My man, rapper Chief Keef, just got evicted from his Highland Park home — Yo-ho/you gotta pay rent/dough, bro — but I was thinking about his first big hit, ‘‘I Don’t Like.’’

It’s an awesome tune, provided you don’t mind the profanity and the video with Chief and his posse, all shirtless, pants around their thighs, blowing dope so hard you get YouTube wasted, pointing a Tec-9 with clip at the camera.

Chief rants about what he don’t like. I don’t mind because there’s something I don’t like: flopping.

When I watched the first World Cup game — Brazil vs. Croatia — on TV on Thursday, Chief and his work came instantly to mind. With my words fitted in:

A flop player is da [bleep] I don’t like/I jus’ wanna see ’em get whacked all night.

I mean, what is the deal with all this flopping?

You know what I’m talking about. Soccer players, the best in the world, get slid into, tripped or kicked, and they go down on the pitch, clutching their leg or their head or the sod, writhing as though internal organs have been ripped apart, grimacing so horribly that you feel the only decent thing to do would be for a horse ambulance to come out, roll out the screen to protect the public, then have surgeons fire discreet bullets into the player’s head to put him out of his misery.

But you know what actually happens. The horribly wounded player is lifted to his feet or miraculously climbs off the stretcher he has been placed upon, limps about for a spell, then is . . . fine!

For Brazil, the dude doing the fake thing so egregiously and comically and convincingly for Japanese referee Yuichi Nishimura was a forward named — I couldn’t make this up — Fred. That’s all. Just Fred.

Nishimura called a penalty in the 69th minute of a 1-1 game for the alleged vicious fouling of Fred, who barely was touched but threw his arms in the air and flailed so wondrously that it seemed he had been electrocuted by invisible wires.

Brazil made the ensuing penalty kick, Croatia became understandably desperate, which led to another home-team goal, and Brazil won 3-1.

In a fair world, ‘‘victim’’ Fred would have been penalized and forced to shine Croatia’s shoes for the rest of the tournament.

OK, so flopping works in this foreign game. That, I guess, is why players take dives. But it’s a European or South American or Asian or African affectation. And it’s pitiful.

Here’s the deal: We don’t flop in this country. We come from the hardy stock of pilgrims and pioneers and cowboys and mobsters. In baseball or football, the opposite of flopping is what we do. You get hit by a 90 mph fastball and glare at the pitcher, but then you trot to first base and never touch the damaged area.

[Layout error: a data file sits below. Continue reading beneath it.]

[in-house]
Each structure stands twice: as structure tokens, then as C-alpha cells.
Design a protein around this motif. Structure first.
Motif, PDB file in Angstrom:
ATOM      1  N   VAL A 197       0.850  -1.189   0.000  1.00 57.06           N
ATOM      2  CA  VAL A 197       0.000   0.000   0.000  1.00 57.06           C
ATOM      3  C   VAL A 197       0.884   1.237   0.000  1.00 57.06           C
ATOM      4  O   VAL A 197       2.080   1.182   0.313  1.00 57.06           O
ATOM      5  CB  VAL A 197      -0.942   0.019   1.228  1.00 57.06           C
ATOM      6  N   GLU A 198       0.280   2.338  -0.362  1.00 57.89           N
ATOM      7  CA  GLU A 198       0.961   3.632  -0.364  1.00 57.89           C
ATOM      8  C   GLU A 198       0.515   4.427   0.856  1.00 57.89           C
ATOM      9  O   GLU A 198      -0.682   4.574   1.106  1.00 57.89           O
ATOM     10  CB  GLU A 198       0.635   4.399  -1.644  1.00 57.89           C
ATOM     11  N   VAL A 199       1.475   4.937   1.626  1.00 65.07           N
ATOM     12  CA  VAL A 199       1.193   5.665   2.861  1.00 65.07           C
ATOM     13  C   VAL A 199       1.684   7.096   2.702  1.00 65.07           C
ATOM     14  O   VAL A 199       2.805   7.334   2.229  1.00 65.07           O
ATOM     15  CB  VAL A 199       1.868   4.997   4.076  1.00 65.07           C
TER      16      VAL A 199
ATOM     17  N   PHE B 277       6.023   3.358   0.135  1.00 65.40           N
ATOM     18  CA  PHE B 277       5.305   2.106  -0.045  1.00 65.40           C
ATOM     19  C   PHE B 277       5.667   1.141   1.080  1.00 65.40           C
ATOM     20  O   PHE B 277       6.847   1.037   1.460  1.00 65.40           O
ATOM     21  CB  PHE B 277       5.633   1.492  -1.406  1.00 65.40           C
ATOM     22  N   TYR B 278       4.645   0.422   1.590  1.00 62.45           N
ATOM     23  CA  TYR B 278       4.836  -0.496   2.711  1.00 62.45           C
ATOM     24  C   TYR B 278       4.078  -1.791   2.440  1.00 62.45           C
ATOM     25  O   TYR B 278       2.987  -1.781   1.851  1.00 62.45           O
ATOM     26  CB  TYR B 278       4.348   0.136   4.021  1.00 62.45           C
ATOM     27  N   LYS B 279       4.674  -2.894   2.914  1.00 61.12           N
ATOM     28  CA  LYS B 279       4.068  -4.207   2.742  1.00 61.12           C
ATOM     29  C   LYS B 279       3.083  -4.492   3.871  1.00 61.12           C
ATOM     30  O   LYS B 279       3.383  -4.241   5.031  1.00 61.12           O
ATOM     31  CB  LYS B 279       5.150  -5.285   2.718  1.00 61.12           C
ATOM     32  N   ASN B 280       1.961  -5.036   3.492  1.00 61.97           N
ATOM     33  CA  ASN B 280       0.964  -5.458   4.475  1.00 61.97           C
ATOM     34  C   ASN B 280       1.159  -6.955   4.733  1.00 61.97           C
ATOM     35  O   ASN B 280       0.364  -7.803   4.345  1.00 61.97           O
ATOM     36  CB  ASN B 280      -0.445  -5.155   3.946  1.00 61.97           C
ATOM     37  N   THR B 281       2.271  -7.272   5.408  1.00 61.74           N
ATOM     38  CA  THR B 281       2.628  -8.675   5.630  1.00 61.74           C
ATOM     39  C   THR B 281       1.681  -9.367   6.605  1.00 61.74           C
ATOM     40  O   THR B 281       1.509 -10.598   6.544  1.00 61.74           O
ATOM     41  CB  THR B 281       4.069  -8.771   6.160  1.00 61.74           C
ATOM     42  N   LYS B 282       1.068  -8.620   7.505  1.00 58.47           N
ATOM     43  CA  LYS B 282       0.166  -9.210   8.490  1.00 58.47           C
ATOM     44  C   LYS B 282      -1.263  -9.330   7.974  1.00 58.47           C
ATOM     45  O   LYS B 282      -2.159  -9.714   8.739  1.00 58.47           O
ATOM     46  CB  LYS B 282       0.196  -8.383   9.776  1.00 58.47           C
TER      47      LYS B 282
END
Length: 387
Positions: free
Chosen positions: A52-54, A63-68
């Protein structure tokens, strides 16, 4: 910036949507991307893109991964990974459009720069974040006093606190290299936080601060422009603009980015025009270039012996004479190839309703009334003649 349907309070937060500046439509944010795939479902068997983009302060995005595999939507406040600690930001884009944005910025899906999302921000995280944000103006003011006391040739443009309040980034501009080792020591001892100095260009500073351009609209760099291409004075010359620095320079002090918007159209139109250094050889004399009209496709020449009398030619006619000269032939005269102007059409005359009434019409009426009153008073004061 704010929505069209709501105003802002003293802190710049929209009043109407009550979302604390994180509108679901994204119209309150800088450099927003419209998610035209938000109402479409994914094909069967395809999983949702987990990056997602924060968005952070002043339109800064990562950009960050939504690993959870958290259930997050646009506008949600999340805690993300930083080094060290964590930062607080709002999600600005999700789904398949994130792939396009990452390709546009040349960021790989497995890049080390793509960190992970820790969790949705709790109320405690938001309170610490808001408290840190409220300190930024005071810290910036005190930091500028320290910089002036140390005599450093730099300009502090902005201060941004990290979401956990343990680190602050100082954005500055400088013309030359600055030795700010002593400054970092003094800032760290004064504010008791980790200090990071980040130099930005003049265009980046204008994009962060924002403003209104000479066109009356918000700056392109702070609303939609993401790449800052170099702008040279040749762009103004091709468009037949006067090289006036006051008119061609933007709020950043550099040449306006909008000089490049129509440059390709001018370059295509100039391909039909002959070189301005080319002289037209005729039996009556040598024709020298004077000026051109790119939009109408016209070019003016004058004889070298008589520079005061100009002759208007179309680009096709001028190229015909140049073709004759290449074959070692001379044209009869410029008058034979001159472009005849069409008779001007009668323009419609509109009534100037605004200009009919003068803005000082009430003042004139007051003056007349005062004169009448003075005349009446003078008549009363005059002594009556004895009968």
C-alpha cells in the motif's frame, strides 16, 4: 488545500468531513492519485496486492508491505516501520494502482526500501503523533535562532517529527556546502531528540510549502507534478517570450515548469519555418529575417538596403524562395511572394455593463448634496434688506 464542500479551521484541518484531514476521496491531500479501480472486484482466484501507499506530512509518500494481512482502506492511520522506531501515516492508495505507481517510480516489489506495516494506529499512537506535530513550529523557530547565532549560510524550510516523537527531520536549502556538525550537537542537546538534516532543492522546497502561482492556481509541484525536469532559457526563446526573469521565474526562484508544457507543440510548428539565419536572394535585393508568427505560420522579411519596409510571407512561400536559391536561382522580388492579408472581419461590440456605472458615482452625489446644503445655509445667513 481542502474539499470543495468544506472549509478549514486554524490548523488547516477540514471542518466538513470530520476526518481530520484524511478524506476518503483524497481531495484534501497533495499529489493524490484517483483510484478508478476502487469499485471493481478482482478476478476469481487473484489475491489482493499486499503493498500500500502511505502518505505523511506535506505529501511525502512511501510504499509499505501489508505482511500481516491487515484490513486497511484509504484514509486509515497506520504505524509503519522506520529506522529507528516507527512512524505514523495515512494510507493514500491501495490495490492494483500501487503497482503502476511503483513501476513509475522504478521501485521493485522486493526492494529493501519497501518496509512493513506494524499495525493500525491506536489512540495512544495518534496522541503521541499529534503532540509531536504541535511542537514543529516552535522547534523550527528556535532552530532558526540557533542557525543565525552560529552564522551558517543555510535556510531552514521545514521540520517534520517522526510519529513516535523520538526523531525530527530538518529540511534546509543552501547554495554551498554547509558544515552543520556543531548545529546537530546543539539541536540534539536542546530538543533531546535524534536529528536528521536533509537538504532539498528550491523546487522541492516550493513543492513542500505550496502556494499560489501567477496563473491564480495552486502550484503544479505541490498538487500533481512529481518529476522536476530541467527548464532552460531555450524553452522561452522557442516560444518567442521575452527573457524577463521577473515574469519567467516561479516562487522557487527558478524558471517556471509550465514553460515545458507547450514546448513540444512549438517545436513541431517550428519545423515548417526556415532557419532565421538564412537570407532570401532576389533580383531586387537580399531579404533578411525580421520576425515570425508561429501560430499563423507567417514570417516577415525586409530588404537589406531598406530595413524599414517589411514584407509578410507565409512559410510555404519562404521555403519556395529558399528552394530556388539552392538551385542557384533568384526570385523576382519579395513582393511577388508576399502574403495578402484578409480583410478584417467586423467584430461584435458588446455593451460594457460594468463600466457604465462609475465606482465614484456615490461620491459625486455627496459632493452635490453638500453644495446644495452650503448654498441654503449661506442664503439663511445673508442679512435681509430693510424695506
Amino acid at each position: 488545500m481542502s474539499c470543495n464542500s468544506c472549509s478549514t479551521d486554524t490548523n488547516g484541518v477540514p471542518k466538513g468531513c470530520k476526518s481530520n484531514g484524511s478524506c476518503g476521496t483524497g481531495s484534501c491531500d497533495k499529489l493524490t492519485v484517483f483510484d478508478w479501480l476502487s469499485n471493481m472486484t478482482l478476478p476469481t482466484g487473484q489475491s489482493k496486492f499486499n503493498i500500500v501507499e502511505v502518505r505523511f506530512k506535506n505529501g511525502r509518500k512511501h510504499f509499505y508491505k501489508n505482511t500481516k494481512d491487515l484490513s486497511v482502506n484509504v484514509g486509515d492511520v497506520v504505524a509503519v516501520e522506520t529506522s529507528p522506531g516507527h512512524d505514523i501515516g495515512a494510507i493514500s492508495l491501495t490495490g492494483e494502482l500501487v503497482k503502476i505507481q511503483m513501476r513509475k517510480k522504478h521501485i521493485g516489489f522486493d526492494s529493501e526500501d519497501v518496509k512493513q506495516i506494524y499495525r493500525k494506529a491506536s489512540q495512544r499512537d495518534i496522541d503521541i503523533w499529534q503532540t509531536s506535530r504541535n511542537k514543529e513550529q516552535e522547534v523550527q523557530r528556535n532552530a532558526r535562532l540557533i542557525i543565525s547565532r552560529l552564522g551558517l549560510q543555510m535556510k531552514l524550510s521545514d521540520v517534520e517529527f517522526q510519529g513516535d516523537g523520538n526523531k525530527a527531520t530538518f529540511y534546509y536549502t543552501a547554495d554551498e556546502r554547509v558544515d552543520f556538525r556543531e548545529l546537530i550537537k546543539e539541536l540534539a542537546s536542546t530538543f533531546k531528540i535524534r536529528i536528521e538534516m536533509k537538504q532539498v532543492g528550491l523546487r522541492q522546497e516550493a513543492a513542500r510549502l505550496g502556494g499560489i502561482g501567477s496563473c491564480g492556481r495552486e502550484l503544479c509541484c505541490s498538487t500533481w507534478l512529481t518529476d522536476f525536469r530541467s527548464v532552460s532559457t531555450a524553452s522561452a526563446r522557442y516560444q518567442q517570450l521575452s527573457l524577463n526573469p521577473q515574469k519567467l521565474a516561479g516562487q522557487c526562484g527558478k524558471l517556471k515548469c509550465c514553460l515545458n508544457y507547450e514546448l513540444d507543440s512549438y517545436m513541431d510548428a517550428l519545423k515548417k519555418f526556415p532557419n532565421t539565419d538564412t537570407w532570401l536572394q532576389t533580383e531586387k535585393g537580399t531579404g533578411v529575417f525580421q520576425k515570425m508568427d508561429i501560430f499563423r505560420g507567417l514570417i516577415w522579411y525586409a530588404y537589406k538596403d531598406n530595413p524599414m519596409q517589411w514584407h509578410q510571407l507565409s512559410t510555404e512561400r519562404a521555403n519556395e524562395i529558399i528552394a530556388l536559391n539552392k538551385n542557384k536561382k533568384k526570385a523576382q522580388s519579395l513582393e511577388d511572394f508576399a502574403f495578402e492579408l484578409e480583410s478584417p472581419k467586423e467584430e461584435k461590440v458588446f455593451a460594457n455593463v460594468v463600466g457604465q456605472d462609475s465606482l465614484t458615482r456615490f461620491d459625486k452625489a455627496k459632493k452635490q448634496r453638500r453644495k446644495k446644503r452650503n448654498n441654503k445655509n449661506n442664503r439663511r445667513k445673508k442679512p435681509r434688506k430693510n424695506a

In football, only a little fancy boy would flop. A fop would flop. Then again, a fop wouldn’t be playing football in the first place. Football is played by warriors. Like Jack Youngblood, who once played a Super Bowl with a broken leg.

Same with hockey. The Boston Bruins’ Gregory Campbell had his leg broken while blocking a shot in the playoffs last season and still finished his shift.

Lord, a World Cup soccer player might have clawed his way to the center of the earth with such an injury. A Brazilian one, anyway.

But now flopping has infected the NBA. Guys such as Vlade Divac came to our country and started going down as though poleaxed. Now Dwyane Wade does the whiplash thing, as though he’s a crash-test dummy. So the NBA fines these frauds, as it should. But not enough.

A ref knows when a player is taking a dive. And a ref ought to toss a player from the game — in any sport — for faking an injury or acting as though he was hit harder than he really was.

Make all these soccer wimps watch a video of the Blackhawks’ Duncan Keith taking a puck to the mouth, losing all or parts of seven teeth, getting the nubs removed in the locker room and the whole mess stitched and shot up, then returning to the ice while missing one shift!

And make the soccer refs buck up and not look as though they’ve been paid off by bookies or baked in the home oven.

As veteran writer Richard Farley of ProSoccerTalk put it after the Brazil-Croatia mess: ‘‘Do we want to leave [flopping] as part of the game? If so, let’s stop talking about controversial calls and teams being wronged.

‘‘If, however, people don’t want more calls like today’s, Fred needs a disincentive. There needs to be a bigger crackdown on simulation. . . . The game has to start taking the issue seriously.’’

How about it, soccer world?

Or do you like being a joke?